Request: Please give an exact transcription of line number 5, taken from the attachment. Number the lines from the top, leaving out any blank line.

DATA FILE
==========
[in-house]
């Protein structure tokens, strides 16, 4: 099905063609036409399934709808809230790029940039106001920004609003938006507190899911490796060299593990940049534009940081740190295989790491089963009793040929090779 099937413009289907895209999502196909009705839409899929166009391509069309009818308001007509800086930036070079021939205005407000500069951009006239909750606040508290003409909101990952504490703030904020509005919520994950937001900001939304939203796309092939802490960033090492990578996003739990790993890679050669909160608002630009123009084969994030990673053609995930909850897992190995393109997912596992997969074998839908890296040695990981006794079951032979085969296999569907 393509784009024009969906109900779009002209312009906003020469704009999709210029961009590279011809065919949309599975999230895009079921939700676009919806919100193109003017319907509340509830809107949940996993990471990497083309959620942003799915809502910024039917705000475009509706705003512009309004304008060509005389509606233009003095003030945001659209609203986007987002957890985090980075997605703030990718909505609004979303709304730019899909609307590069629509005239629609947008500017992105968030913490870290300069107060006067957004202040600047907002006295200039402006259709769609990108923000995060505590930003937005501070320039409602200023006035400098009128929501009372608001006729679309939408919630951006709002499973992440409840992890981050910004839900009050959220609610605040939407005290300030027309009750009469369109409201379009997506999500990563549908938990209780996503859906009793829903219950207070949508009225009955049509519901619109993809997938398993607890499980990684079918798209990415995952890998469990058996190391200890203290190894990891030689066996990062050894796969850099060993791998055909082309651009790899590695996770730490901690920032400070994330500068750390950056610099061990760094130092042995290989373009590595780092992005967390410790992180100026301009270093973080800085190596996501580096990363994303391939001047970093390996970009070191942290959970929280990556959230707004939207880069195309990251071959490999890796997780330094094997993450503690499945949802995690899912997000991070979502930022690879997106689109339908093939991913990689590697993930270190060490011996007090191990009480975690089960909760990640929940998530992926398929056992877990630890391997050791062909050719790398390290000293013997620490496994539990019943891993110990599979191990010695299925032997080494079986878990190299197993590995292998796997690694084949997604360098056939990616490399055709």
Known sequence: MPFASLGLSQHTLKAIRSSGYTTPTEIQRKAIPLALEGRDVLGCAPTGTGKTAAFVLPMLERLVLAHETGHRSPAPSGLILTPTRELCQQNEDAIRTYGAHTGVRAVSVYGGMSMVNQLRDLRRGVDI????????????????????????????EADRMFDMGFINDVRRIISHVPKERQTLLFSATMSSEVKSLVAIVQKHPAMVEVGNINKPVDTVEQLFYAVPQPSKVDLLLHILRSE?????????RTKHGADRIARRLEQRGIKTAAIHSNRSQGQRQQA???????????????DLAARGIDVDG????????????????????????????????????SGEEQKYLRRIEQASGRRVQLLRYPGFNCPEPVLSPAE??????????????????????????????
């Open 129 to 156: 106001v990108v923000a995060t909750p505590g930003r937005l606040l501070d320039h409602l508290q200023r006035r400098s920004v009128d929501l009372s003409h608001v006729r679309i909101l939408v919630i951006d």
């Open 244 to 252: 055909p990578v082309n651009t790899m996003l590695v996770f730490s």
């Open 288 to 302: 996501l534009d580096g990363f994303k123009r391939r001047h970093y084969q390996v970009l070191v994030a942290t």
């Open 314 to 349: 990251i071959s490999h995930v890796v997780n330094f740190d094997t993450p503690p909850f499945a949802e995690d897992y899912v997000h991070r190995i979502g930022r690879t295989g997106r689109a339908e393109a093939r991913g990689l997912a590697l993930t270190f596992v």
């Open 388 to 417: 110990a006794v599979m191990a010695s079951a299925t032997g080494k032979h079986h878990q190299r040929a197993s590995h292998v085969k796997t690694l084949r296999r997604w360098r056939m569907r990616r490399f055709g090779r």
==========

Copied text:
């Open 244 to 252: 055909p990578v082309n651009t790899m996003l590695v996770f730490s």